Queen of Disgusting

This is another song I wish there was a better version of. Unlike “Saturday Night Live,” however, this song was written for a two-guitar band. In fact, it was probably written and banged around in All-Girl Band rehearsal (as opposed to lovingly nurtured in the privacy of my living room), now that I think about it. Tex, Lori and Clementine really brought it to life, and it sounds much better with them. Ah, well. This acoustic version will have to do for now, bum notes and all.

A spiritual-romantic plea sent by a Devastional drunk from a Sunday afternoon bender in the West Village. The title was taken from a mis-heard Van Morrison lyric. Verse chords lifted from Randy Newman’s “Baltimore.” The Vietnam-Vet part happened to my friend Kris, not me. My (gay) friend Bill heard us play the song live once, and afterwards he asked me incredulously what gay bar actually had “opera” on the jukebox — which tempted me to change the lyric. Anyhow, more or less true.

Queen of Disgusting

Happy hour in a gay bar on a Sunday afternoon
And I’m thinking how I thought that you were joking
And at the juke box a fat old queen plays another Abba tune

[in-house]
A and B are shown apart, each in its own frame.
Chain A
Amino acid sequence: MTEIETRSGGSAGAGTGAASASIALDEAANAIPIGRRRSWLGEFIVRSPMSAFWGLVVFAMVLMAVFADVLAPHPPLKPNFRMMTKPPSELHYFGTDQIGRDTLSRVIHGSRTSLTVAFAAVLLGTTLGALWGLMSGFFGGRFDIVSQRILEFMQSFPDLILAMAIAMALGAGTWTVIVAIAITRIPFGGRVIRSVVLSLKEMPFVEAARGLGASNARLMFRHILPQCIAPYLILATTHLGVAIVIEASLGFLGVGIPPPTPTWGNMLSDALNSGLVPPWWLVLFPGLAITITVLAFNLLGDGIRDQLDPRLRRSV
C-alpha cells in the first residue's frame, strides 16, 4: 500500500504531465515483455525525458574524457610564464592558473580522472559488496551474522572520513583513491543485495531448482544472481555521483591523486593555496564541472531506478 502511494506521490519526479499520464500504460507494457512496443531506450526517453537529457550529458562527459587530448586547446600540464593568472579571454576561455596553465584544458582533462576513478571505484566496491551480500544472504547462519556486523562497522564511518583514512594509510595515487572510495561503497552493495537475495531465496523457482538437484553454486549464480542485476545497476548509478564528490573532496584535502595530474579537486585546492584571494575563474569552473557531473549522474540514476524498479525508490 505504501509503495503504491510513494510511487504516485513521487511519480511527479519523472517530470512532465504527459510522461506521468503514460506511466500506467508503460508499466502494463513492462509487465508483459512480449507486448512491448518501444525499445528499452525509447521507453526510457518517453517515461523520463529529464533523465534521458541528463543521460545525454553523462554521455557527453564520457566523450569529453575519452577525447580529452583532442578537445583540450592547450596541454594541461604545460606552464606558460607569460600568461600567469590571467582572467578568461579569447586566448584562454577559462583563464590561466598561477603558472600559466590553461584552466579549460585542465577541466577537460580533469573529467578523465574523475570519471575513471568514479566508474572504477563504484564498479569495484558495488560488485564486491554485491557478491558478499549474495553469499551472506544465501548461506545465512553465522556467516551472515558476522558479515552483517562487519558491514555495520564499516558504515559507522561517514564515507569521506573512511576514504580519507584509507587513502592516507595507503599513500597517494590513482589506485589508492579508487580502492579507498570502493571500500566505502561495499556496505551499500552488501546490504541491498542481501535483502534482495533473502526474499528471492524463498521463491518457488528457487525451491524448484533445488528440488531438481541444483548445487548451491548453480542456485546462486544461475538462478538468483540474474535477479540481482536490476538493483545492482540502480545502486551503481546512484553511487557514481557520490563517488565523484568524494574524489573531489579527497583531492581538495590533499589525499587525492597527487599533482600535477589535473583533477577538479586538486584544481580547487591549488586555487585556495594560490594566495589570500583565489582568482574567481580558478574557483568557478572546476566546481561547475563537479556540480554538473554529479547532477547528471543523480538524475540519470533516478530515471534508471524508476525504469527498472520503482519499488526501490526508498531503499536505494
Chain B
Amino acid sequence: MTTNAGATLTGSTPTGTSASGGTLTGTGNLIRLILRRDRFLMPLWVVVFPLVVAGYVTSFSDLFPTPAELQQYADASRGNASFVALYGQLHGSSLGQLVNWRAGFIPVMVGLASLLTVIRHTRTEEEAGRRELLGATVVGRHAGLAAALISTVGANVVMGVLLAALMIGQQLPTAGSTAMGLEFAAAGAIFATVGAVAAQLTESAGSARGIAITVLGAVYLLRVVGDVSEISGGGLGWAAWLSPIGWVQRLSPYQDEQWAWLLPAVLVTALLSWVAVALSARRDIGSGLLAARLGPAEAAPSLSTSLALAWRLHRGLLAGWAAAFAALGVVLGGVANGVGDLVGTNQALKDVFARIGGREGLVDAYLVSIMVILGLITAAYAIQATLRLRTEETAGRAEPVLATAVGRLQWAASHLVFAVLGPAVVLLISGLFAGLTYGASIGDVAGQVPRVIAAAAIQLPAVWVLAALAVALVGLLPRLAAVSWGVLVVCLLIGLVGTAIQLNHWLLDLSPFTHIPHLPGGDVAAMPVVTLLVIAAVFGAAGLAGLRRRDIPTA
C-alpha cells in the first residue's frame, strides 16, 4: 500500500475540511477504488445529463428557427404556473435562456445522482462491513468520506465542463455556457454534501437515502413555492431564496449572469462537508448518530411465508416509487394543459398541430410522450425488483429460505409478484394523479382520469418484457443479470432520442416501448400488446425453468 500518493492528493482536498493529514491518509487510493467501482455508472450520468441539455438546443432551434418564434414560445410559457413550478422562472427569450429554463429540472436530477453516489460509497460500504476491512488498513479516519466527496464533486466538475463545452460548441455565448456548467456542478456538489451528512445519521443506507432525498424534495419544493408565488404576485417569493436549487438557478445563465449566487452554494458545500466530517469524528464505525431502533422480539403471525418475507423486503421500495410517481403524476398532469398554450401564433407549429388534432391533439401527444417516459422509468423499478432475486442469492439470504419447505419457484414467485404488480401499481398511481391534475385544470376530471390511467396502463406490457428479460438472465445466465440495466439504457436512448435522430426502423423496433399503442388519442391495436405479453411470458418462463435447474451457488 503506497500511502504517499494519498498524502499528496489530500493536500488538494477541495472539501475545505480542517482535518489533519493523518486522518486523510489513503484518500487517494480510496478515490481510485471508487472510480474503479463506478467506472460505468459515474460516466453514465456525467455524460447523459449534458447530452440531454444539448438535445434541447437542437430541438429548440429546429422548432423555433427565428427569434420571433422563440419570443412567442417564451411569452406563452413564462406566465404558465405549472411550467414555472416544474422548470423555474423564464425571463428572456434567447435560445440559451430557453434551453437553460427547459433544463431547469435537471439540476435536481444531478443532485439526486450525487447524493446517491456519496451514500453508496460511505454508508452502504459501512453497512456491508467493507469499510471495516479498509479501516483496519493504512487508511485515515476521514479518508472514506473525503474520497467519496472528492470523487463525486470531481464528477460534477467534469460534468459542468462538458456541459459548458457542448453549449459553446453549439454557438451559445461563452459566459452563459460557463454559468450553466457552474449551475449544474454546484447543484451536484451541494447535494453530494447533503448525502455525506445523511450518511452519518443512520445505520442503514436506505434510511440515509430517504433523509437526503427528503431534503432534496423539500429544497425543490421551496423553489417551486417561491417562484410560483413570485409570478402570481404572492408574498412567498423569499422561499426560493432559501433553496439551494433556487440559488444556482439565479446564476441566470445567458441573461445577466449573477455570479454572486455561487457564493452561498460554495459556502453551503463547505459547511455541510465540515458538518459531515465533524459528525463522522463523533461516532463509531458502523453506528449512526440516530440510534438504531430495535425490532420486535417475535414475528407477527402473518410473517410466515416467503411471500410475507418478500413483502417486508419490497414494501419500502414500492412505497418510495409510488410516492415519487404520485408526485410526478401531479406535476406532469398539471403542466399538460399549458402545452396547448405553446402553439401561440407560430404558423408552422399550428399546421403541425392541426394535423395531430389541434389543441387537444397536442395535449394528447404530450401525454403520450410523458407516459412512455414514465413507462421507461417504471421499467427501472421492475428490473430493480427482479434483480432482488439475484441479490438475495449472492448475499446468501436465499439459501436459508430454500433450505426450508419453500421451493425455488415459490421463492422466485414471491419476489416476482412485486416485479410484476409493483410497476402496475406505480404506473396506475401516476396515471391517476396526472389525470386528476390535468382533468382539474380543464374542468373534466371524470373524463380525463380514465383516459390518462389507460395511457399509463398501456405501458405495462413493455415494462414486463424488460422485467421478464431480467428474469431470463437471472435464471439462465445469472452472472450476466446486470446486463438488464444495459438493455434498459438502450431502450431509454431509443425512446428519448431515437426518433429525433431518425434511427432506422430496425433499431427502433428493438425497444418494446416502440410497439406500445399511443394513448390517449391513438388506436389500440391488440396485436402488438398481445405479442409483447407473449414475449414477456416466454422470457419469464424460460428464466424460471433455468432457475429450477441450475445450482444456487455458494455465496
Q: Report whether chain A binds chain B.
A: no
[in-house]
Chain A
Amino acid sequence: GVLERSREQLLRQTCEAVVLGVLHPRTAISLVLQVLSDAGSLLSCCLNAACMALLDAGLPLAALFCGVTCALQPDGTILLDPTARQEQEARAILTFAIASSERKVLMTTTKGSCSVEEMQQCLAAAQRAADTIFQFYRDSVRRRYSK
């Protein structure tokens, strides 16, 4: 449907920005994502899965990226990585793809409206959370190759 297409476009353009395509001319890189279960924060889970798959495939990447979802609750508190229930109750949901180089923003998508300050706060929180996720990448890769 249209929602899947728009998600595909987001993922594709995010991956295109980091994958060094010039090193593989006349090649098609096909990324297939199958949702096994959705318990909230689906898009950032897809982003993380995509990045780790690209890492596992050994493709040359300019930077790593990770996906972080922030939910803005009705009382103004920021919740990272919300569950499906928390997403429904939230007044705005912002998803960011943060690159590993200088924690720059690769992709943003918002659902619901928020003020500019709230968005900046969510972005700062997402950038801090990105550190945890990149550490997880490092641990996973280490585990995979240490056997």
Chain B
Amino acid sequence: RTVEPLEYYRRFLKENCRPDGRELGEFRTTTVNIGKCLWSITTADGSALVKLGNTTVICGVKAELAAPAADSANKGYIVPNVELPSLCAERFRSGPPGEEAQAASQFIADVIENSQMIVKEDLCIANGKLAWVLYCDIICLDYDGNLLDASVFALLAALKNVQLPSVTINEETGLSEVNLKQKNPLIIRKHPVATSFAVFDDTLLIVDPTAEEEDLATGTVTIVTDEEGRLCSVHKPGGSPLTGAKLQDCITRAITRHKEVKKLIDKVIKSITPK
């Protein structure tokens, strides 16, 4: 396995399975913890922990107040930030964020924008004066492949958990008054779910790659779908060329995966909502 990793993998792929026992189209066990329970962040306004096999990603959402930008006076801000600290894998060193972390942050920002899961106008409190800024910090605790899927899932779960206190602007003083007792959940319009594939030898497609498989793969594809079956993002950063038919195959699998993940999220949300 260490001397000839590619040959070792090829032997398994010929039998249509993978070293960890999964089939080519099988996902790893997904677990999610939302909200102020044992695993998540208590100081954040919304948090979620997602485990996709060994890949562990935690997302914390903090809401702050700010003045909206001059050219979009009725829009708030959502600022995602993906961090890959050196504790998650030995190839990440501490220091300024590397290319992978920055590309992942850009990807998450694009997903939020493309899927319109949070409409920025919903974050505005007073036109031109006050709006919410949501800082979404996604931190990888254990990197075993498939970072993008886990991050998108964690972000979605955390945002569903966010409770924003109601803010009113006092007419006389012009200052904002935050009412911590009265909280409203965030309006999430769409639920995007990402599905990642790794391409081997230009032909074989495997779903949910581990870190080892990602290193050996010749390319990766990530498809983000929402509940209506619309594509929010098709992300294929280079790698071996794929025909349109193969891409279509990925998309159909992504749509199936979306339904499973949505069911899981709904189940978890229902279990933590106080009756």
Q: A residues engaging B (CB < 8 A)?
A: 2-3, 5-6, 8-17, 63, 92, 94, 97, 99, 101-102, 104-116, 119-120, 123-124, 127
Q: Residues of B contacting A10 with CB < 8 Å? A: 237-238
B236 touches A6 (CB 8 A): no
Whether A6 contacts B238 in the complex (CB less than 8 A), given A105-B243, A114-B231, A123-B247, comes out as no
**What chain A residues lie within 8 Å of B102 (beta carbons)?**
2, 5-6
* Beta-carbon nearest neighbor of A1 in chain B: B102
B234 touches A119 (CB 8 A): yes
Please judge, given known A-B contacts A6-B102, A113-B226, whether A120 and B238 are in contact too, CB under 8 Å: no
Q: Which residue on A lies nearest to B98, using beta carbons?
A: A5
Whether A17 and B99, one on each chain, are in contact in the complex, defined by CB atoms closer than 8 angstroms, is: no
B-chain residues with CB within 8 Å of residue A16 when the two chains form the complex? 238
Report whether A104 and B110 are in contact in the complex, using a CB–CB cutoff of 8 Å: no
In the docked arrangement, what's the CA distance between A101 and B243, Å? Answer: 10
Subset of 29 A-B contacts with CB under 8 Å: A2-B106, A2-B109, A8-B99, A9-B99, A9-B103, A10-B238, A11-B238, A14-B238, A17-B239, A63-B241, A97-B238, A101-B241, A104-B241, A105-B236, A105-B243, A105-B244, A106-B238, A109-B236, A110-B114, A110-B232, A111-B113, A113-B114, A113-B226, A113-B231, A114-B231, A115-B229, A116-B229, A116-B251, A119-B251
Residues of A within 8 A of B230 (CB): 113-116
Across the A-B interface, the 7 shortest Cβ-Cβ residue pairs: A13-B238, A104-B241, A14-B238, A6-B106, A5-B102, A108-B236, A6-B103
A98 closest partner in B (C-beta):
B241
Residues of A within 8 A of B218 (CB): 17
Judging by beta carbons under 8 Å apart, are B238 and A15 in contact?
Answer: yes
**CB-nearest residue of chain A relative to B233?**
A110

I like Abba, but I wish that the fucking thing was broken

You are the patron saint
Of light that’s always faint
Of ripped stockings and a lipstick smear
And all the things that I hold dear

Oh babe, I’m calling
Without these wings I’m falling
They tell me you’re the queen of disgusting

He takes a stool beside me and he says his name is Mike
And he tells me he’s a veteran from the war
He tells me he’s just looking for a place to watch the game
And he’s never seen a bar like this before

We try to watch the game
But it’s just too damn lame
The band agrees to yield
There’s blood all over Soldier’s Field

3 Replies to “Queen of Disgusting”

  1. You are 100% correct, Tim. And while we’re playing the allusion game here, I might as well add that “He takes a stool beside me, and he says his name is Mike” was stolen from, er, I mean, an allusion to Rachel Sweet’s Devastationalist classic barroom ballad, “Wildwood Saloon” (written by Liam Sternberg).

  2. Oh… I thought “Mike” was an allusion to “Mike the Marine”, Morningside Heights personage of late 1970s/ early 1980s vintage… an irascible Vietnam Vet once famous for his work behind the counter at the now deservedly defunct Academy Luncheonette.

Leave a Reply

Your email address will not be published. Required fields are marked *